Planning and Organizing

  • Structure assignments to help promote the kind of work that your discipline requires (e.g., writing, problem solving) and weight assignments to allow those who improve during the semester to benefit from doing so.
  • Meet with preceptors before the class begins to set policies on the conduct of precepts, and meet with them regularly to follow the progress of the precepts, to design grading rubrics for assignments, and to hold sample grading sessions to moderate grades. During such sessions you can have several preceptors grade the same student paper or problem set and share with the group the rationale they used for assigning the grade. Helping preceptors think through grading issues in this way can help promote consistency across sections.

 Preparing Lectures

  • Compose each lecture as a chapter of the unfolding story of the course. Include a manageable number of points in each lecture—three to five are common.
  • Provide students with a lecture outline online just before class either as a document file or via PowerPoint. But avoid using PowerPoint as a complete record of your notes. Instead use it primarily for images, graphs, and other visuals, and as a lecture outline. In this way you provide students some needed support for their notes, but still give them reason to attend lecture.

 During Lectures

  • Make yourself accessible. Announce your office hours regularly, come to class early, and stay after class to talk with students and answer questions. These moments provide great opportunities for you to get feedback about the course as well as to show your interest in your students’ progress. Take opportunities to gather more structured feedback from your students via anonymous midterm feedback forms or one-minute papers (short questions at the end of class) to find out how they’re experiencing the course. This tactic helps prevent surprises at the end of the semester on course evaluations.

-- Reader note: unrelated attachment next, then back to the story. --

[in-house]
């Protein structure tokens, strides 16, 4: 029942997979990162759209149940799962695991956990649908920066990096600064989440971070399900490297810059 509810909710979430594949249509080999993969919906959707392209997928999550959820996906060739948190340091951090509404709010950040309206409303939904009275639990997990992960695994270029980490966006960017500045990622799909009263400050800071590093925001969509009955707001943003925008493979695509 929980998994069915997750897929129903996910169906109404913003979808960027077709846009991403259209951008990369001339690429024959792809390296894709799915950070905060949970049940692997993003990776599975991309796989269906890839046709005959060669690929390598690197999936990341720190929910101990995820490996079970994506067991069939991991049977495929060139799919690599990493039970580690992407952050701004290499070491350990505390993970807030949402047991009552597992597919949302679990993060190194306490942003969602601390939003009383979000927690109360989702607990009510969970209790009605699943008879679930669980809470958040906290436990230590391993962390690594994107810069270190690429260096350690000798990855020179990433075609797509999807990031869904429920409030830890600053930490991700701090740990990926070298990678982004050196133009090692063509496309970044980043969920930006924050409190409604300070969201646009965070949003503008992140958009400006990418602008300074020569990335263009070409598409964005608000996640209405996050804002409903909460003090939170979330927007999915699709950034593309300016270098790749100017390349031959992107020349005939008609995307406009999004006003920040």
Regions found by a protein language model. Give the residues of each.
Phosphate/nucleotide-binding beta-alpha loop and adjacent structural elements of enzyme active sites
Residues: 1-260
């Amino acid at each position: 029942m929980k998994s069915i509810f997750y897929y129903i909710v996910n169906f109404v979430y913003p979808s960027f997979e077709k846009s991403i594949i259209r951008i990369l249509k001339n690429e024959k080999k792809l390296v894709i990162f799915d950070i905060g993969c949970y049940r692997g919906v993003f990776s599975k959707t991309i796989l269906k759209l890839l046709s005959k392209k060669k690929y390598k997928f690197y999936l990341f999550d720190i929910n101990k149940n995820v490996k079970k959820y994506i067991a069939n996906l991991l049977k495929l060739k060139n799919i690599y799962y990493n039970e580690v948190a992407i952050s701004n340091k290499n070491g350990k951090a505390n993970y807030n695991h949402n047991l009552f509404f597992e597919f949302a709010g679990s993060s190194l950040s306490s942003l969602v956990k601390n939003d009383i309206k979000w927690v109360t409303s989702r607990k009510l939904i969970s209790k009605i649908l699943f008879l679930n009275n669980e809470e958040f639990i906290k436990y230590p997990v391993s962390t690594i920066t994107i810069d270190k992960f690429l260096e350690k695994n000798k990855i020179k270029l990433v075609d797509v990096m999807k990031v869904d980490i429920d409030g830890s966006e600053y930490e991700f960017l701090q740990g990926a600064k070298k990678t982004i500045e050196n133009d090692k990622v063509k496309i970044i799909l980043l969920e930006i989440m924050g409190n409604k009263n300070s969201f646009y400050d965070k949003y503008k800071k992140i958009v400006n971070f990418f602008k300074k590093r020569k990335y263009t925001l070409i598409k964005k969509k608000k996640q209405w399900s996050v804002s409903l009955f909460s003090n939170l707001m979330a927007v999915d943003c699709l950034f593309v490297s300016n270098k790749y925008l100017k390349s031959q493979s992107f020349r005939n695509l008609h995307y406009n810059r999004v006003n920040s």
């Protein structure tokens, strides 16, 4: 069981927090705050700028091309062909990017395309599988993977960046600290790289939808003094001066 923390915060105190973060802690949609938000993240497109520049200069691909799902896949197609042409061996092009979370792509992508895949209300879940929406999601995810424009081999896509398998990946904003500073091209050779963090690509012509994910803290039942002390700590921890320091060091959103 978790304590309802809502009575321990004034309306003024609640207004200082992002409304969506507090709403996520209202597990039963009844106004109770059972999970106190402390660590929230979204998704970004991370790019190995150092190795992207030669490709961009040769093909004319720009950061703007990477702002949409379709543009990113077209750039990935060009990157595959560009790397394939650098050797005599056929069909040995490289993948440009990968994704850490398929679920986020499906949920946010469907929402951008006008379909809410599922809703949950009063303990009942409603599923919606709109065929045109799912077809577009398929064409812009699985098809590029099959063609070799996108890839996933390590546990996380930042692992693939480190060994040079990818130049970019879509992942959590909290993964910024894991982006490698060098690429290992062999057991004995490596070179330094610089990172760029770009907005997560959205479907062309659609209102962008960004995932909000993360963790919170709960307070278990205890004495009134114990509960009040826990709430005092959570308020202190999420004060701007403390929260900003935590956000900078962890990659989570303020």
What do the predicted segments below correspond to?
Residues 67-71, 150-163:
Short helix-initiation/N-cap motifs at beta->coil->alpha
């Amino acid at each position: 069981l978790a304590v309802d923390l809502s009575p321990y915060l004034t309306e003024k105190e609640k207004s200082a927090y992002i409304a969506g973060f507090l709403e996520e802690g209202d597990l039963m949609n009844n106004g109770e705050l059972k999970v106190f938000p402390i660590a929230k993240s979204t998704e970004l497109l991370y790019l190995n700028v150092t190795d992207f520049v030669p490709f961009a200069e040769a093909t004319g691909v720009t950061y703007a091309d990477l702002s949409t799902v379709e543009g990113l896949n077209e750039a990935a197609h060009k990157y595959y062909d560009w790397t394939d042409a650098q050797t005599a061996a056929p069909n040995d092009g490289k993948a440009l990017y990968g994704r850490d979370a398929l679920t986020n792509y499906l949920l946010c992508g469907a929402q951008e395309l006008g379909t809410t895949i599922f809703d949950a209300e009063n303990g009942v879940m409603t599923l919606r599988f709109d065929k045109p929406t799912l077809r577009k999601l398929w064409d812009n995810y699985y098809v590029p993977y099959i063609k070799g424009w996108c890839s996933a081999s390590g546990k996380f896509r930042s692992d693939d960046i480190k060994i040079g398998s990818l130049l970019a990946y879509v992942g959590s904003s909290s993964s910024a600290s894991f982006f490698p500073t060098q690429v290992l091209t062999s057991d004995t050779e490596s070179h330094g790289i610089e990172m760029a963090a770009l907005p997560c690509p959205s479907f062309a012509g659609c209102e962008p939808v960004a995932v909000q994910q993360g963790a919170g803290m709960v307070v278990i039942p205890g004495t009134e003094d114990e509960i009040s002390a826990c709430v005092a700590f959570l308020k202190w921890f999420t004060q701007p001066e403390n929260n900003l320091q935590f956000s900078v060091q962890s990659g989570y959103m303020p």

• Shape students’ expectations. Be transparent about what you want students to learn in the course, what aspects may be difficult, or why some topics may seem uninteresting. Pointing out how their interest and hard work will pay off in the course can help students understand and appreciate your approach. Provide regular assignments for students to apply what they’re learning and give them feedback on their progress.
  • Recognize the performance aspects of a large lecture and keep your audience engaged by using your stage presence: make eye contact, move away from the podium and into the audience, and avoid the appearance of reading lectures, either from notes or PowerPoint. Ask students questions periodically to keep them engaged and change the pace of the class. Show your enthusiasm for the topic—it’s infectious.
  • Connect to students’ lives, interests and concerns whenever possible by using current events or students’ own experience to illustrate course concepts. Show pictures or give some interesting biographic details of the people whose works are being discussed to make their ideas more interesting and accessible to students.  
  • Teach at multiple levels. In a large class there will be students with widely varying abilities and backgrounds. Present topics in such a way that the take-home is clear to everyone, but add in advanced ideas from time to time to capture the interest of those who have the background to understand them. Make it clear to the class when ideas go beyond what all students might be able to appreciate.

 For more tips and ideas about teaching large classes, visit our Scholar As Teacher tip sheet library